October 29, 2006

Native vs. non-Native humor

A Very Special “Occasion”:  Breaking Bread With Drew Hayden TaylorCQL: Do you notice a difference in what Natives and non-Natives find funny?

DHT: As Native humorists, we aren’t reinventing the wheel. What makes me laugh, will probably make you laugh, and what makes you laugh, will make me laugh. I go home at night and watch the Simpsons and have a good time. Funny is funny. Many people think Native humor is a lot different, but really it isn’t that different.

Humor is exceedingly cross-cultural. Ninety-five percent of the people who come to my plays are non-Native. For my comedies to work, the humor has to be universal. Let me give you an example: you have tandoori chicken, chicken cacciatore, you have McChicken. It’s all chicken, but it’s the spices you use to cook that chicken that give it its cultural uniqueness.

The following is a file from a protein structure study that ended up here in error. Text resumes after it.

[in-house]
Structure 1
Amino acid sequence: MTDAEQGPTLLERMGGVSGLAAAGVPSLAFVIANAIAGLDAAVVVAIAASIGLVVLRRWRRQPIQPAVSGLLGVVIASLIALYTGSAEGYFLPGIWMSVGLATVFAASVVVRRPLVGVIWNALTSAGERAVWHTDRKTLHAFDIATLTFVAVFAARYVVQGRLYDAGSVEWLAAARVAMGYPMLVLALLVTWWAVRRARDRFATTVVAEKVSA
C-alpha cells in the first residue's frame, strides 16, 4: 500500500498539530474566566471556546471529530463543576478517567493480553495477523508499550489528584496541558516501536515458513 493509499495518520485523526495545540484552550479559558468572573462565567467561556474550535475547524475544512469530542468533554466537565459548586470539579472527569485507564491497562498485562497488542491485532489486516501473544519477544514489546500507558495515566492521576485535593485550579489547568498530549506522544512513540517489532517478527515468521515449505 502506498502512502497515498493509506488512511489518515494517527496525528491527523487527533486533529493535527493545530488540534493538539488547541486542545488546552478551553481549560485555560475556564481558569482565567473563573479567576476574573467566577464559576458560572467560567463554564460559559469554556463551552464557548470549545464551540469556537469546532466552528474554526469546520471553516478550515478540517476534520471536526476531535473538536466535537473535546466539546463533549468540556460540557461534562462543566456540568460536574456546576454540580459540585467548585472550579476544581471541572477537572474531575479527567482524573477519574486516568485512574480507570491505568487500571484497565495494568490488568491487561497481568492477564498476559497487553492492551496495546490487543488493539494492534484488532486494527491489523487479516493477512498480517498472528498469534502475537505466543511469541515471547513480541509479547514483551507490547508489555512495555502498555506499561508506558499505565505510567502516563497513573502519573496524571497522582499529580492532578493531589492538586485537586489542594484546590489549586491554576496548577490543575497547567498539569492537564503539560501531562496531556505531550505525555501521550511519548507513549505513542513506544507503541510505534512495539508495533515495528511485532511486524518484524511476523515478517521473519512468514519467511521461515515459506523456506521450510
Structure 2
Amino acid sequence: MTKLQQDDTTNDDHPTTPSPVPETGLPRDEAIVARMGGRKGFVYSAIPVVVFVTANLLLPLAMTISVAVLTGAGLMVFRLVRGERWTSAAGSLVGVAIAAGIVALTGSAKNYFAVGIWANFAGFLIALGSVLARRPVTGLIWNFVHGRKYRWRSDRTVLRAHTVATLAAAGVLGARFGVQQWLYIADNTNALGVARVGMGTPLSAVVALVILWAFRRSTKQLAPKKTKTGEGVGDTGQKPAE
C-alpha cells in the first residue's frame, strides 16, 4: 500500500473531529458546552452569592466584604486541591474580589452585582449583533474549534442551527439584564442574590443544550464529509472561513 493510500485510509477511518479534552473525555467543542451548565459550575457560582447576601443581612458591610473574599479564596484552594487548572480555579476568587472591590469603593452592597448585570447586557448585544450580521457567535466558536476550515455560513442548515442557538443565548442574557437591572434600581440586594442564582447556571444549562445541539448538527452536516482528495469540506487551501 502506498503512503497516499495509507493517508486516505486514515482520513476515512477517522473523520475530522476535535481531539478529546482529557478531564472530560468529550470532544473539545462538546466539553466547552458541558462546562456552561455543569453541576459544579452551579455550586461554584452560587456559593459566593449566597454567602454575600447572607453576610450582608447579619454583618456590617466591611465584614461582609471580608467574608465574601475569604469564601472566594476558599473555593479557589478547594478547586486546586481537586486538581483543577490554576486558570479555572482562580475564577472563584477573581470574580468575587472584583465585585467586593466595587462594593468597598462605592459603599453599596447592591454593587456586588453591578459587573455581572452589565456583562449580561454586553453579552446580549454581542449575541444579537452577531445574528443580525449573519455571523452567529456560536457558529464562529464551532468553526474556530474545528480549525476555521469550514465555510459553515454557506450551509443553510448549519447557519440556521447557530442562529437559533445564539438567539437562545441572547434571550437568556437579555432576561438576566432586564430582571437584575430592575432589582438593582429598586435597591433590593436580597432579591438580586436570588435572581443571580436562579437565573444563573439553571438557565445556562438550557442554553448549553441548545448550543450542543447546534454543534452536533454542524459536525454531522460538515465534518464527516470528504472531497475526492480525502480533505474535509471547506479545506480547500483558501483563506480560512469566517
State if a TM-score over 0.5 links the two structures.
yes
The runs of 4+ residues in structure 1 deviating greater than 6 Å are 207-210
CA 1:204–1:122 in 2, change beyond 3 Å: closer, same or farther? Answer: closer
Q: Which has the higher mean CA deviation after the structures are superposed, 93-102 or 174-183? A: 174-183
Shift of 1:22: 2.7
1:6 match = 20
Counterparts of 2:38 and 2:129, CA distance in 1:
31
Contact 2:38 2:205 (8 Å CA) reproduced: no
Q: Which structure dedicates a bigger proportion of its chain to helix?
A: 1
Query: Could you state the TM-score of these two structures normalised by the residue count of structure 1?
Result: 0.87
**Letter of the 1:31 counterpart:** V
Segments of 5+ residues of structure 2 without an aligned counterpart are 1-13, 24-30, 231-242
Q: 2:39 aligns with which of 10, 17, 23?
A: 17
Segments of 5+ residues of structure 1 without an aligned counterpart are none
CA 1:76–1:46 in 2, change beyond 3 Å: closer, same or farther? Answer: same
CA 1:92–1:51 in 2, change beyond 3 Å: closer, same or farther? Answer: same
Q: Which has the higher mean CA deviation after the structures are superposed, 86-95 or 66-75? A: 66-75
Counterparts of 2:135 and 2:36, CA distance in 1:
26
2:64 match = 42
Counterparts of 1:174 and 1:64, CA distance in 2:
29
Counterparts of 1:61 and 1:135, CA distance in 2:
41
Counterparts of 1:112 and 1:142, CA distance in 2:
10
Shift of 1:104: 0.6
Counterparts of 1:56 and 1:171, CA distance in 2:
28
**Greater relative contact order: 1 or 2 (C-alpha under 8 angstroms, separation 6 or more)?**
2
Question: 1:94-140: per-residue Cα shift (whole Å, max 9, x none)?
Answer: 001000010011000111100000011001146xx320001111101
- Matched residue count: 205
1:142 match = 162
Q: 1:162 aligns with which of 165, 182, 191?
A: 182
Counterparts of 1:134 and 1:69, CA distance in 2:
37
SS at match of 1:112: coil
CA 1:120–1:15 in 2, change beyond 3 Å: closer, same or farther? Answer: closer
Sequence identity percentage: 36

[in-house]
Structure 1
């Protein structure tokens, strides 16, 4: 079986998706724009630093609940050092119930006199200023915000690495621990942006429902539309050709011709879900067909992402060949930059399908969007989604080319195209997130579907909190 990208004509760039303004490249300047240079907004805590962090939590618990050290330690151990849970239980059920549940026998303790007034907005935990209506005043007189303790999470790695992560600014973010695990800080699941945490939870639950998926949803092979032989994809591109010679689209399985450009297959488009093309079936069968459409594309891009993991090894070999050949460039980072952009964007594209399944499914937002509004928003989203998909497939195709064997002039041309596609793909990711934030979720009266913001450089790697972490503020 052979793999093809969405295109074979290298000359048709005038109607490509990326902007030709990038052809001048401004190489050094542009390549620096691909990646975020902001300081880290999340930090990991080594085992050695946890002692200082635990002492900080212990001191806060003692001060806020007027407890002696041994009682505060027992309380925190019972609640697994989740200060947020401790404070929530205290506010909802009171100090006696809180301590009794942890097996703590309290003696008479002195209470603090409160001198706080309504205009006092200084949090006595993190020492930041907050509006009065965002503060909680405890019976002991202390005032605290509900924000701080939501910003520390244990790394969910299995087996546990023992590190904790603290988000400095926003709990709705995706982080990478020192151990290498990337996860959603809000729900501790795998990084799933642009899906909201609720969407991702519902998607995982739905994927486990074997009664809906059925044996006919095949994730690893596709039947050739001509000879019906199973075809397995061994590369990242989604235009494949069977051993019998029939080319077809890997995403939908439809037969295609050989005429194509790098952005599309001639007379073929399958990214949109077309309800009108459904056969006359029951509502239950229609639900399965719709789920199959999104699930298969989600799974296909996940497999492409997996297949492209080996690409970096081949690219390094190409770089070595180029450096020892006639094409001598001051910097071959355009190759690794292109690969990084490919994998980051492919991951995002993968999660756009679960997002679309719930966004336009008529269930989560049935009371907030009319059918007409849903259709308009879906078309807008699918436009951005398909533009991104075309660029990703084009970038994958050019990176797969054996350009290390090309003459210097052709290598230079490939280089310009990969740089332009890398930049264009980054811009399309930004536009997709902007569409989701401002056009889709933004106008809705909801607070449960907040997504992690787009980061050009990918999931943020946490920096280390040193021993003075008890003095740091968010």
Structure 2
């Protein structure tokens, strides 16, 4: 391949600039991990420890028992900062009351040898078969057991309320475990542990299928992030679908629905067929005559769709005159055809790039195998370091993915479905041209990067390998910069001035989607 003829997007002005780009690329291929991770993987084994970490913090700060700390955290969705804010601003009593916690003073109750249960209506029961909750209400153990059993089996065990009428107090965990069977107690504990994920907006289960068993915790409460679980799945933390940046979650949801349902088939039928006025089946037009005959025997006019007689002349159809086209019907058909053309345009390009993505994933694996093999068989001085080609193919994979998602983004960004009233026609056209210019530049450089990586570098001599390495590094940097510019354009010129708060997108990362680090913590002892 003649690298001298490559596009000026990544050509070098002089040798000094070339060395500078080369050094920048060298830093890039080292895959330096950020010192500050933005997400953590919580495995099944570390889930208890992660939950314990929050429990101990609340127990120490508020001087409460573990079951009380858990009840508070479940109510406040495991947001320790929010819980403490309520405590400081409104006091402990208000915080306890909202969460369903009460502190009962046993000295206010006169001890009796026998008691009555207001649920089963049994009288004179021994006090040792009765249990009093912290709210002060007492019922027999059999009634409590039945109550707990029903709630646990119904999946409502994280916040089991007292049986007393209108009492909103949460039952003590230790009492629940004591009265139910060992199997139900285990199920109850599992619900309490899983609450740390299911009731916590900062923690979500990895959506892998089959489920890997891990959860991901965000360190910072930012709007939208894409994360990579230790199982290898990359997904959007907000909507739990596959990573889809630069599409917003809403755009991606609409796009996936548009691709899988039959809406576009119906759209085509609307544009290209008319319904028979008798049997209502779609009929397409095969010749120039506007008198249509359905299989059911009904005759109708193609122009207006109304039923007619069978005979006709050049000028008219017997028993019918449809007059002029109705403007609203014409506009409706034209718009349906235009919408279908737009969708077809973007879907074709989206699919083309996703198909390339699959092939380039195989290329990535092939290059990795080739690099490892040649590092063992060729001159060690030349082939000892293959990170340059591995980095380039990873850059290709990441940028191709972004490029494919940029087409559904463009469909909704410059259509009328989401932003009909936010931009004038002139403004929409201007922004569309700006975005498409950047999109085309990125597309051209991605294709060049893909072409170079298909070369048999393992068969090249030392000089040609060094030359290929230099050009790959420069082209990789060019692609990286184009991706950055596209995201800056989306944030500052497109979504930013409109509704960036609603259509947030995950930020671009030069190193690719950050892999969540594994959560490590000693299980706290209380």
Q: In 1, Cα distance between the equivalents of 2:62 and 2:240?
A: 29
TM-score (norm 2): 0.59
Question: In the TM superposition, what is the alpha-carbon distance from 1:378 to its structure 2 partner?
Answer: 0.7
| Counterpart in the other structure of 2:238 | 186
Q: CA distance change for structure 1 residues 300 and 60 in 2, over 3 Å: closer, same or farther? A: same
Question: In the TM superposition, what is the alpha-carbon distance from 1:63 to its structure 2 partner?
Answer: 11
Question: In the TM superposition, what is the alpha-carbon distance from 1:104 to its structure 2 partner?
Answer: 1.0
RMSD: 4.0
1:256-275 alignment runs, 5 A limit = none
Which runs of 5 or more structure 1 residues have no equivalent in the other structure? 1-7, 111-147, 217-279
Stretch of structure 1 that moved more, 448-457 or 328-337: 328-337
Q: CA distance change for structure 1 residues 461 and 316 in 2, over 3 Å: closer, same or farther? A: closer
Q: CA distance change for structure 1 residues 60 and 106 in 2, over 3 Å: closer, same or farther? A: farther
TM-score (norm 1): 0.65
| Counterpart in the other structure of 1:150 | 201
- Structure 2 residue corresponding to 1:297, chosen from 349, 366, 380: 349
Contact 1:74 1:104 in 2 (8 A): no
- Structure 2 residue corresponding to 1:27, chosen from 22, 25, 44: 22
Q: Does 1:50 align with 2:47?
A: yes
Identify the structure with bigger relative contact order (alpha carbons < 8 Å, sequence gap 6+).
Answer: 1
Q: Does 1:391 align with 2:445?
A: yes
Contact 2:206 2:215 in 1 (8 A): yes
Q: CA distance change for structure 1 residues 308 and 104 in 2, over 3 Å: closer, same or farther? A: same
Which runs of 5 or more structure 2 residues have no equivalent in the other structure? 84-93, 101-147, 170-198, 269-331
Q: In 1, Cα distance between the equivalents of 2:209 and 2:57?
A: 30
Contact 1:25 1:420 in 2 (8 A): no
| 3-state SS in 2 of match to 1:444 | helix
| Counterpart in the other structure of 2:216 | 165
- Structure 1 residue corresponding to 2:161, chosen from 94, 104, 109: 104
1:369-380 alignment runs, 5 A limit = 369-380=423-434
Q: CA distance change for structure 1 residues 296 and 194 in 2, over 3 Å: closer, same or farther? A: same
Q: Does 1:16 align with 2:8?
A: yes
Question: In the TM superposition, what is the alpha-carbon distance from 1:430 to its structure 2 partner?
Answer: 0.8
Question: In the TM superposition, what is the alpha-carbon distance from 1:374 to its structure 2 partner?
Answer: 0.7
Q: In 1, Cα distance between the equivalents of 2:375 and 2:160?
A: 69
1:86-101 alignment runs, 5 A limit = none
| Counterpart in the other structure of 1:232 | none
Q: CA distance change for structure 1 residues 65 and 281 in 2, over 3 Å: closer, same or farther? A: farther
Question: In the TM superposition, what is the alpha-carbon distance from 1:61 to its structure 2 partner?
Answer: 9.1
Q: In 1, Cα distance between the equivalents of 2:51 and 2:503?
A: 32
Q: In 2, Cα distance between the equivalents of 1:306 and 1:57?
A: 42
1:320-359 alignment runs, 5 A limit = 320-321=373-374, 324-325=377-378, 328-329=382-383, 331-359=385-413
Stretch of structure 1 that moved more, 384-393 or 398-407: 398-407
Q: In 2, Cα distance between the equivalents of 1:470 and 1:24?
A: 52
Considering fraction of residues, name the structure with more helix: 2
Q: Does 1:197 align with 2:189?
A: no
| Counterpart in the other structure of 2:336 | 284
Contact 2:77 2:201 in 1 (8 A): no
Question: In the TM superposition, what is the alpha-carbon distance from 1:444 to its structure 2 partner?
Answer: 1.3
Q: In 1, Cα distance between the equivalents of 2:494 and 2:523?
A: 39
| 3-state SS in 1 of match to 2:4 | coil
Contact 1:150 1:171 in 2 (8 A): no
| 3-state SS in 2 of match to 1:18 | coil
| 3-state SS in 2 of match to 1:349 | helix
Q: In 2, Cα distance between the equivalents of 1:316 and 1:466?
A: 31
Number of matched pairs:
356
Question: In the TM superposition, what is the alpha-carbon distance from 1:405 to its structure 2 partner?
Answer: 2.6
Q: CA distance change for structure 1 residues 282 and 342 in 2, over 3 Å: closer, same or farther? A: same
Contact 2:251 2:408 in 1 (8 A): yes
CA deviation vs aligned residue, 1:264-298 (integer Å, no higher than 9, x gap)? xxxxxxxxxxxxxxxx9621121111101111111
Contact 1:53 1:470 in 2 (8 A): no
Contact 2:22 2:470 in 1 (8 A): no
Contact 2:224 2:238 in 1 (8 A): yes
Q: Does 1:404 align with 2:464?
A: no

CQL: Please explains what you mean by the “Ladder of Status” and how this applies to what is socially acceptable when one ethnic group tells jokes about another…

DHT: In essence, I break it down into the world of geometry. Humor works from the bottom up; racism works from the top down. We can make jokes about people higher up on the ladder than we are, whereas people higher in the culture, white people, cannot. That’s racism.

7 comments:

writerfella said...

Writerfella here --
Drew Hayden Taylor leaves little doubt that he is talented and acoomplished. But in the interview, both the subject and his interviewer miss the obvious point that he is speaking about modern Native humor and not at all about historical Native humor. I would mention 'High Horse's Courting' in the book BLACK ELK SPEAKS and then compare it with the segment based on it in the mini-series DREAMKEEPER. Because the film presented it in a modern narrative form, much of the hilarity of the original was lost or ignored. Many of the Kiowa Trickster tales of Saynh-Day are superbly humorous but when they were expressed in anecdotal English book form, much of the internal humor was lost in translation or even transliteration. And this is because original Native humor was ironic and ironical rather than merely self-deprecating.